Saturday , 24 July 2021

Premier Kenney announces plan for easing restrictions; restaurants can re-open Feb. 8

Restaurants, children’s sports related to school, and one-on-one personal training will be allowed effective Monday, February 8, as Premier Jason Kenney announced a staged approach to gradually easing more restrictions in the province moving forward.

This stepped approach will be based on hospitalization benchmarks, total hospitalizations in acute care and ICU’s, and is the key metric for easing restrictions, Kenney said during a press conference on Friday afternoon.

Kenney said decisions to ease restrictions would be done “carefully, slowly, and would be driven not by opinions but data.”

Daily case numbers and growth will used to guide increasing or relaxing restrictions.

However, if the UK or South Africa variant of the virus shows spread, restrictions could be enhanced again.

“If cases of COVID-19 surge again, if we start moving once again toward exponential growth like we saw in November-December, and if somehow one of these viral variants take hold in our community, and begins to spread at rates like at other parts of the world, we will have to impose stronger restrictions again,” said Kenney.

A minimum three-week period will be given between announcements of enhanced or relaxed restrictions. If after three weeks the hospitalization numbers are in the range of the next benchmark, decisions will be considered for moving to Step 2.

The same three-week re-evaluation period will be used for all subsequent steps.

The province is in what Kenney called “early steps.”

Step 1 will begin Monday, February 8 with the following measures.

Restaurants, pubs, bars, lounges and cafes can open for in-person service.

  • Maximum of 6 people per table; individuals must be from same household or the 2 close contacts for people living alone
  • Contact information must be collected from one person of the dining party
  • Liquor service ends at 10pm
  • In-person dining must close by 11 pm
  • No entertainment allowed (e.g., no VLTs, pool tables, live music, etc.)

Children’s sport and performance activities

  • Children’s sport and performance activities are permitted if related to school activities, such as physical education classes.
  • K-12 schools and post-secondary institutions are allowed to use off-site facilities to support curriculum-related educational activities.

One-on-one training is permitted

  • Only one-on-one training is permitted for indoor fitness activities (e.g. fitness in dance studios, training figure skating on ice, one-on-one lessons).
  • Sessions have to be scheduled or by appointment. No drop-in or groups allowed.
  • No sports games, competitions, team practice, league play or group exercise of any kind is allowed.
Steps based on hospitalization benchmarks. Moving between steps will happen at least 3 weeks apart to assess the impact on cases. Image: Alberta Health.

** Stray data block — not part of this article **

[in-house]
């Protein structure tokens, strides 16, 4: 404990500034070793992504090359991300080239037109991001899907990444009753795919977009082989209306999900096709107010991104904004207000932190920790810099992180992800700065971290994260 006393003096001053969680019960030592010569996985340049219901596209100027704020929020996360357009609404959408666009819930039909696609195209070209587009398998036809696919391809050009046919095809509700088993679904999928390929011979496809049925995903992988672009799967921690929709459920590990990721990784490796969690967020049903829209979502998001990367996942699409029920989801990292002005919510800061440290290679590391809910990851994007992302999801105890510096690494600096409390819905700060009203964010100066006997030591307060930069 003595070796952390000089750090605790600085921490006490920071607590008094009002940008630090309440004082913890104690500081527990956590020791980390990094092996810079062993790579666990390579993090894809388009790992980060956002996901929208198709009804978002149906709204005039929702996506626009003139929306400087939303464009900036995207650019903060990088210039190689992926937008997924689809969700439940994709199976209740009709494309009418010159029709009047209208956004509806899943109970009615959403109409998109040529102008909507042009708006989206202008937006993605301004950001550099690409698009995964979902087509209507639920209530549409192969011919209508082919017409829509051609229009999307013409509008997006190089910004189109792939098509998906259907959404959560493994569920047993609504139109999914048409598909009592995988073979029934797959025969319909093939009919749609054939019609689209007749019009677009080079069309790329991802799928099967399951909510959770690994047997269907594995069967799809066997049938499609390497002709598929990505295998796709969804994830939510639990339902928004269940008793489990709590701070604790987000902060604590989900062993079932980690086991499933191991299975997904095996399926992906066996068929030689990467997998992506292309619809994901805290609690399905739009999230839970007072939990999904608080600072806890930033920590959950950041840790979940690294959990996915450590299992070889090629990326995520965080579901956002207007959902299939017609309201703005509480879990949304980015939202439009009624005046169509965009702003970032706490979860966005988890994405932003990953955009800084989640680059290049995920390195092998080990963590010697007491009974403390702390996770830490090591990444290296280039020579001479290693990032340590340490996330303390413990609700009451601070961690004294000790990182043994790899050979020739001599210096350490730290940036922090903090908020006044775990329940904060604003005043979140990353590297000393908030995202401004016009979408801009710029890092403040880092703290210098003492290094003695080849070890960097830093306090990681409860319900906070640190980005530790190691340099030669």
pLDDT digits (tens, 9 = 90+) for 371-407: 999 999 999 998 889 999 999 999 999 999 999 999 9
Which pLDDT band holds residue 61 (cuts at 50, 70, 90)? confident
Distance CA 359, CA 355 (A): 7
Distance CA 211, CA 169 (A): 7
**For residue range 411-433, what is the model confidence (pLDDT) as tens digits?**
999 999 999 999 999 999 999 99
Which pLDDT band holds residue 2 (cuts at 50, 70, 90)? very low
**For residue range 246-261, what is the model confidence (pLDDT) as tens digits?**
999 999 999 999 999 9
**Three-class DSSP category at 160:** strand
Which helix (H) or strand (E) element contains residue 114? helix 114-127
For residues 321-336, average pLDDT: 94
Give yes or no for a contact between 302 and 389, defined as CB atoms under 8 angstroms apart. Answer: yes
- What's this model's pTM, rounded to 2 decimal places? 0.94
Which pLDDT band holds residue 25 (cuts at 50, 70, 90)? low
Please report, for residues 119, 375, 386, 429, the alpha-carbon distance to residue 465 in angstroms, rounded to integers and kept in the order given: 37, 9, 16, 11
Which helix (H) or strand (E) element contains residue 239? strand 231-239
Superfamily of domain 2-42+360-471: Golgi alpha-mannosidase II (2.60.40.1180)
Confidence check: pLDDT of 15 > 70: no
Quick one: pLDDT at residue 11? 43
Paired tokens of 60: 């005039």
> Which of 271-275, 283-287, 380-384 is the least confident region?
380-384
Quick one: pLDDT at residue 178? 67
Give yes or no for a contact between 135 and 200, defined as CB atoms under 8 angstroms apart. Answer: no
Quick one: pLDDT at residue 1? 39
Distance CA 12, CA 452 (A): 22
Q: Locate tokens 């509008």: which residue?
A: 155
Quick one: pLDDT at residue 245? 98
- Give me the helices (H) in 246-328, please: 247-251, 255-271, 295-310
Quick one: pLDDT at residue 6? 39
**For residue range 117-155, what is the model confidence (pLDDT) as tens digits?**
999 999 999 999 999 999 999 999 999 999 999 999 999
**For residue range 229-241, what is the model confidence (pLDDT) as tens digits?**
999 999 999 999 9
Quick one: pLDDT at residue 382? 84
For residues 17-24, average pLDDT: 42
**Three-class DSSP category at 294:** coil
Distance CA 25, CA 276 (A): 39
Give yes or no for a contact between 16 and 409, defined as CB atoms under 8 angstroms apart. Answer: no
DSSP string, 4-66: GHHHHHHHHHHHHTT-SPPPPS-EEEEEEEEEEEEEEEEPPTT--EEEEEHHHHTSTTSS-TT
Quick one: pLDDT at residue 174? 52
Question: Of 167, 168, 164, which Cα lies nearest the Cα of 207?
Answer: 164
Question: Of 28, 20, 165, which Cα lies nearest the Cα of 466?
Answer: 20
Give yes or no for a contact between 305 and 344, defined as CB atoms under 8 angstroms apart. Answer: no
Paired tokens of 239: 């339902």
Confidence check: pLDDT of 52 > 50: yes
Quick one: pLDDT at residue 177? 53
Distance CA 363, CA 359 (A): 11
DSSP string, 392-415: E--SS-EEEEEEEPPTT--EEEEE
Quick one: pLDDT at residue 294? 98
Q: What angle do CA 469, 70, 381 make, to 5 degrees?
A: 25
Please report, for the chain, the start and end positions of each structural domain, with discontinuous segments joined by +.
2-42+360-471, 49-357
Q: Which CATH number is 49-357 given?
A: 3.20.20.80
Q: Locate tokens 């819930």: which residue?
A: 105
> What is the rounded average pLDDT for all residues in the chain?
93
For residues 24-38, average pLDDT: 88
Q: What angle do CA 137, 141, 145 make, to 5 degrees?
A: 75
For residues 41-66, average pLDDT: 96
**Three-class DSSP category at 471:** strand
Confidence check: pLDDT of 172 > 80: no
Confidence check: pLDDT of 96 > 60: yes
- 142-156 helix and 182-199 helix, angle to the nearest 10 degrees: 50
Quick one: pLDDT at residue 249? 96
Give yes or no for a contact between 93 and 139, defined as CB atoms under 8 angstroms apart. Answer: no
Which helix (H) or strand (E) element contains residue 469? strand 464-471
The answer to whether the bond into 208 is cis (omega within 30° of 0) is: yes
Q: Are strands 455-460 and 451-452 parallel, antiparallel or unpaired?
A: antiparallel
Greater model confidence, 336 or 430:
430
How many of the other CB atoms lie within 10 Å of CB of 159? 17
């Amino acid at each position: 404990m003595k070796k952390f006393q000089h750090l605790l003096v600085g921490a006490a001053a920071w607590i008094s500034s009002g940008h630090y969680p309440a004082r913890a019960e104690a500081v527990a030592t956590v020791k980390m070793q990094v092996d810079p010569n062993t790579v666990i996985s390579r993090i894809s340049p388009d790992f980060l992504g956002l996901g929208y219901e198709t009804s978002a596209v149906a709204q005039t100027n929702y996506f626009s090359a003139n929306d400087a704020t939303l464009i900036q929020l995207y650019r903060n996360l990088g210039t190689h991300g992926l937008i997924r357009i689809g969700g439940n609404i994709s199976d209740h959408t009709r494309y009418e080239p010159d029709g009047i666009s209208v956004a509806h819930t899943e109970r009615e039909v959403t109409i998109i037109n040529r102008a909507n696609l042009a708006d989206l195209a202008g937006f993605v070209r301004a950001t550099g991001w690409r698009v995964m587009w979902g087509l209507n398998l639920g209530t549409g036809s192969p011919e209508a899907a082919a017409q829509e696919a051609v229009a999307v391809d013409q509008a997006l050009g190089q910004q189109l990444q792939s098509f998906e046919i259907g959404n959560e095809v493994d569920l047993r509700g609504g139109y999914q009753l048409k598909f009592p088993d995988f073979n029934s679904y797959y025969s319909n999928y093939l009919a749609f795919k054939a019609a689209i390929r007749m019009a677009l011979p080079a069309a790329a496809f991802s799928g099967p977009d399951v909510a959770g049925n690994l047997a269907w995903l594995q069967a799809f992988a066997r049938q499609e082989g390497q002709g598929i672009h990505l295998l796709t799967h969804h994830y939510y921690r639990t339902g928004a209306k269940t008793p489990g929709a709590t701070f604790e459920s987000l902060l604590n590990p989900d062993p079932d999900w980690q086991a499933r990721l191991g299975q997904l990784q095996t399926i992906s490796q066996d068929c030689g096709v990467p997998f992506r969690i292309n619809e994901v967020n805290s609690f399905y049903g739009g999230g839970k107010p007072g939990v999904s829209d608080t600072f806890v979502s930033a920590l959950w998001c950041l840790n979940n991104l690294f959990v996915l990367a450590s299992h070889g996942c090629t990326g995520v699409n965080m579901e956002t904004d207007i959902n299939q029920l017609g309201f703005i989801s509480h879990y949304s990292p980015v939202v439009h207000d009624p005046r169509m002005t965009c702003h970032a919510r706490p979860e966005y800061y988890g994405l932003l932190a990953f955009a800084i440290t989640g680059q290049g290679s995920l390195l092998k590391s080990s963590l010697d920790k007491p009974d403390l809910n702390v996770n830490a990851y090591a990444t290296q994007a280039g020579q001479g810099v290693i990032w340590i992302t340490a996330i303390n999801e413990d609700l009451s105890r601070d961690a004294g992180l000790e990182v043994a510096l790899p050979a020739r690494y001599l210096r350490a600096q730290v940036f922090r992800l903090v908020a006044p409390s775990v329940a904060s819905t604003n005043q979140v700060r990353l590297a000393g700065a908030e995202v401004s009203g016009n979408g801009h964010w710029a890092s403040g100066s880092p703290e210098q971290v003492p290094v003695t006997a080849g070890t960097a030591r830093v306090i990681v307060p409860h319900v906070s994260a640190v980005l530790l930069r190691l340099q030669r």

The hospitalization benchmarks are:

  • Step 1 – 600 and declining
  • Step 2 – 450 and declining
  • Step 3 – 300 and declining
  • Step 4 – 150 and declining

Premier responds to flouting the rules, restaurants opening and Mayors and Reeve dining-in

When asked about people flouting public health orders, including locally how elected officials publicly broke the rules on Wednesday along with two restaurants, Kenney said:

“It is regrettable to see that some people are in a very deliberately way thumbing the law, and in so doing, at our public health. And when they do it, they are thumbing their nose at ICU nurses, who have been working around the clock. What they are doing is saying that there personal wishes outweigh the need to protect our health care service,” said Kenney.

“I understand people being frustrated and angry with restrictions. People have every right to be deeply frustrated. I especially understand business owners who have been going through incredible stress. But stress isn’t going to get any better if we see widespread violation of the public health measures in this province. And I would plead with these Albertans and to look at this objectively.

“And quite frankly, to see people in elected government positions encouraging a flagrant disregard of public health measures during a pandemic is totally irresponsible. So our approach has been to start with education and work with people towards compliance, but it’s clear to us that there is going to have to be stronger enforcement action to maintain a level playing field, so that law abiding businesses and individuals are not punished for respecting the rules.”

About Michael Menzies

Menzies is the editor-at-large for Connected Media Inc. Born and raised in Vermilion, he started in May 2018 during his NAIT Radio and Television practicum and reports on local politics, sports, and community issues. He became the Bonnyville Pontiacs play-by-play voice during the 2019-20 season. He also comments on provincial and national issues. Menzies hosts Connected! Evening Monday-Thursday at 5 o’clock. He also likes to buy books and read some of them.